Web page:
SDR technology is a viable solution for the expansion challenges faced by wireless providers.

By Terry Williams, AirNet Communications

Wireless data services are poised to become the next hot revenue-generating opportunity for service providers worldwide. Analysts project that by 2003, the number of wireless data users around the globe may approach 200 million — a lucrative market driven by an exploding demand for information anytime, anywhere, and the proliferation of new tools designed to provide access.

While existing wireless networks may perform reasonably well for voice traffic, there is little question that major network overhauls will be required to also handle high-speed data applications using packet radio technologies like General Packet Radio Service (GPRS), Enhanced Data rates for GSM Evolution (EDGE), and third generation (3G) technologies.

By far the largest capital investment that wireless providers are making is in acquiring spectrum. For example, in Germany alone, 3G spectrum auction generated $78.6 billion from operators seeking to enlarge their capacity for wireless voice traffic and also enhance their positions in the emerging wireless Internet and enhanced data services markets.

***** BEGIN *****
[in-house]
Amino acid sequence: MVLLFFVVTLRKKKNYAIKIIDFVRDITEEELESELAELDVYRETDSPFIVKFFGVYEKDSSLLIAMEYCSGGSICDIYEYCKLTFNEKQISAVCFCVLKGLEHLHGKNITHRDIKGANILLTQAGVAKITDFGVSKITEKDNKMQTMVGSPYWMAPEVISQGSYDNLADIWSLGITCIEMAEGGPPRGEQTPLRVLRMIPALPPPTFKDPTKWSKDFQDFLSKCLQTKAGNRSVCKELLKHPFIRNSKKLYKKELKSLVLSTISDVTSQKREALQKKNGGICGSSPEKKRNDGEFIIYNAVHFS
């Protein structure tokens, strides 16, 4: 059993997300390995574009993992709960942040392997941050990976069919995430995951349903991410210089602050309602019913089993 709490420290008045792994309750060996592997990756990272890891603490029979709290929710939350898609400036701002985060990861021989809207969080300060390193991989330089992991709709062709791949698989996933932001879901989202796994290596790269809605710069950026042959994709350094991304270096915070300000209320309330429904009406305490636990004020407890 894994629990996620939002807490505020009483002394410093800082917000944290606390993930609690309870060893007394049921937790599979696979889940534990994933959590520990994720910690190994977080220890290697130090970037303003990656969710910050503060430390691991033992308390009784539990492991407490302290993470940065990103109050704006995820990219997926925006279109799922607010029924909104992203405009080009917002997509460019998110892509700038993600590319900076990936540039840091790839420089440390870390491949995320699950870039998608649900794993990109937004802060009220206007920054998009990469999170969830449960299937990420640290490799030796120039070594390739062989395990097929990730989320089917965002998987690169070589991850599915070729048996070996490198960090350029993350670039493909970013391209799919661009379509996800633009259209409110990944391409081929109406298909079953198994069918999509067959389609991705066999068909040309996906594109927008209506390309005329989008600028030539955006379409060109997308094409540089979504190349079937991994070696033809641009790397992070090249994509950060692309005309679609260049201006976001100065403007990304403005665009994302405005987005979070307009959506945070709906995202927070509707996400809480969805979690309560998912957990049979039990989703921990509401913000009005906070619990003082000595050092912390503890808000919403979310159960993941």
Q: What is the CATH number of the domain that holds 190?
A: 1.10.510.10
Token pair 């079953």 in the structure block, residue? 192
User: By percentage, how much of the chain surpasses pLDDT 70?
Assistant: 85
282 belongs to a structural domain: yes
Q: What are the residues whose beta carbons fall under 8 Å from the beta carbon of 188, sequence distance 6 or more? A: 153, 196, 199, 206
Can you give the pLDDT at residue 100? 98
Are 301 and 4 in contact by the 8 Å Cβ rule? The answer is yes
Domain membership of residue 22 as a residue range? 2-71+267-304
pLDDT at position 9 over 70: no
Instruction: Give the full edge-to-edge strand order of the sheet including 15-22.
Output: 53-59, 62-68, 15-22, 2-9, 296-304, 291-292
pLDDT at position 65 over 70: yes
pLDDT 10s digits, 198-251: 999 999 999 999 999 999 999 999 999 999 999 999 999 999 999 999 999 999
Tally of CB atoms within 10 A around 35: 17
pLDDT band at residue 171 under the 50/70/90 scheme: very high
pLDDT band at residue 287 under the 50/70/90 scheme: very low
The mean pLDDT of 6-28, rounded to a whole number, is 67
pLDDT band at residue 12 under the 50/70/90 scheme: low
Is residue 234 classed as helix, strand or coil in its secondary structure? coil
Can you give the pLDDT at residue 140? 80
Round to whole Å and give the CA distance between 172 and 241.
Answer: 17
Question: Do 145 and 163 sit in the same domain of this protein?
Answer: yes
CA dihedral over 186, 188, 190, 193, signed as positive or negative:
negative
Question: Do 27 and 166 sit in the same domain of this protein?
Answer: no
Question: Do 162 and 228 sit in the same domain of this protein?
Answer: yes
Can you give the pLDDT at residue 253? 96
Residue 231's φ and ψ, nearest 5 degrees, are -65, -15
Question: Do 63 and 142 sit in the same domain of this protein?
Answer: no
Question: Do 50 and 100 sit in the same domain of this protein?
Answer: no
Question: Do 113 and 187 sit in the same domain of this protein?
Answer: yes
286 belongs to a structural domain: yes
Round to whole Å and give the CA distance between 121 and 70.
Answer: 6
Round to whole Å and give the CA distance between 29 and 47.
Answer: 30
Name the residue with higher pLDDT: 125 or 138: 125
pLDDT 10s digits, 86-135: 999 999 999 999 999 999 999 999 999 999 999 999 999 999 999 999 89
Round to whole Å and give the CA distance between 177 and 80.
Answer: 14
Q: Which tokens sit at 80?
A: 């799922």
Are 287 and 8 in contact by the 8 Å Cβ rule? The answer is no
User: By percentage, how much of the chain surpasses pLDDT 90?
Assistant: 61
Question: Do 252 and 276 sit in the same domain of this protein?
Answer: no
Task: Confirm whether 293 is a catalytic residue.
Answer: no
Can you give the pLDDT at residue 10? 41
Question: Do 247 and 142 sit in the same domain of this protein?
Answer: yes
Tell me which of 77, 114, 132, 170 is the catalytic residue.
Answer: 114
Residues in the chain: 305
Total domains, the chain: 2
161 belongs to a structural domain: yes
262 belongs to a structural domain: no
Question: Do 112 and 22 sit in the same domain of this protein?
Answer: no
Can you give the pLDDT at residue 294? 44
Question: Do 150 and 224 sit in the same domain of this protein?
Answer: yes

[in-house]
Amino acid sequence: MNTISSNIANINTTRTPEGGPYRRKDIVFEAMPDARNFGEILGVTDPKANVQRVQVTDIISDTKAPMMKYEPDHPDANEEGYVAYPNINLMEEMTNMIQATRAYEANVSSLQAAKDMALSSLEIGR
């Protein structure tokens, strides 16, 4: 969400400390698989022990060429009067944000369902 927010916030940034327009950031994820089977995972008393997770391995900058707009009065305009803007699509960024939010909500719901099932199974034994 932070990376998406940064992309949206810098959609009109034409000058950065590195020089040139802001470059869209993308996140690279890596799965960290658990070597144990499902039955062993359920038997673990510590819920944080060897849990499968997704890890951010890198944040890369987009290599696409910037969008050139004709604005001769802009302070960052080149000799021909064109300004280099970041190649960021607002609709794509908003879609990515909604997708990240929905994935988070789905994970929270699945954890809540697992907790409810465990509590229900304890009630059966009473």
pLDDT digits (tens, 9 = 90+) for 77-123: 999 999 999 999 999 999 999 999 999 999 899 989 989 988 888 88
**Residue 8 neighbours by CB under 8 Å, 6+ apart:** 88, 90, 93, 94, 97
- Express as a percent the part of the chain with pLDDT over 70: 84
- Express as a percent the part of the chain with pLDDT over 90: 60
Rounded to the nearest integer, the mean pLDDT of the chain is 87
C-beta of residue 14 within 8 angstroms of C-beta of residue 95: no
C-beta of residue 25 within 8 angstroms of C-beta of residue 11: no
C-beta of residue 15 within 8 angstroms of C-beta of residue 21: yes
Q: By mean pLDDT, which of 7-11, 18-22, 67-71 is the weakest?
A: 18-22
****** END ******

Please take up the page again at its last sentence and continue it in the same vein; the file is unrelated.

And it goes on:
To make the most of these costly spectrum investments — and to achieve a competitive edge in an increasingly crowded marketplace — providers today are turning their attention to maximizing the capacity of their cellular networks.

Until recently, any capacity-enhancing effort would have meant a traditional build-out: acquiring more land for additional cell sites, applying for zoning and permits from local governments, and building new towers. Today, however — while such an approach is still an option — the costs and time delays inherent are increasingly prohibitive, and the ultimate catch is that even with reallocation, available spectrum is still limited. Any spectrum that is available will be quickly devoured by bandwidth-hungry data services competing directly with voice traffic.

One solution to maximizing network capacity that is drawing serious attention from suppliers, service providers, and the FCC is the software-defined radio (SDR). The potential benefits of SDR technology have been extensively discussed at various FCC round-tables and other forums related to new technologies and spectrum use — and by providers preparing for a new era of wireless services.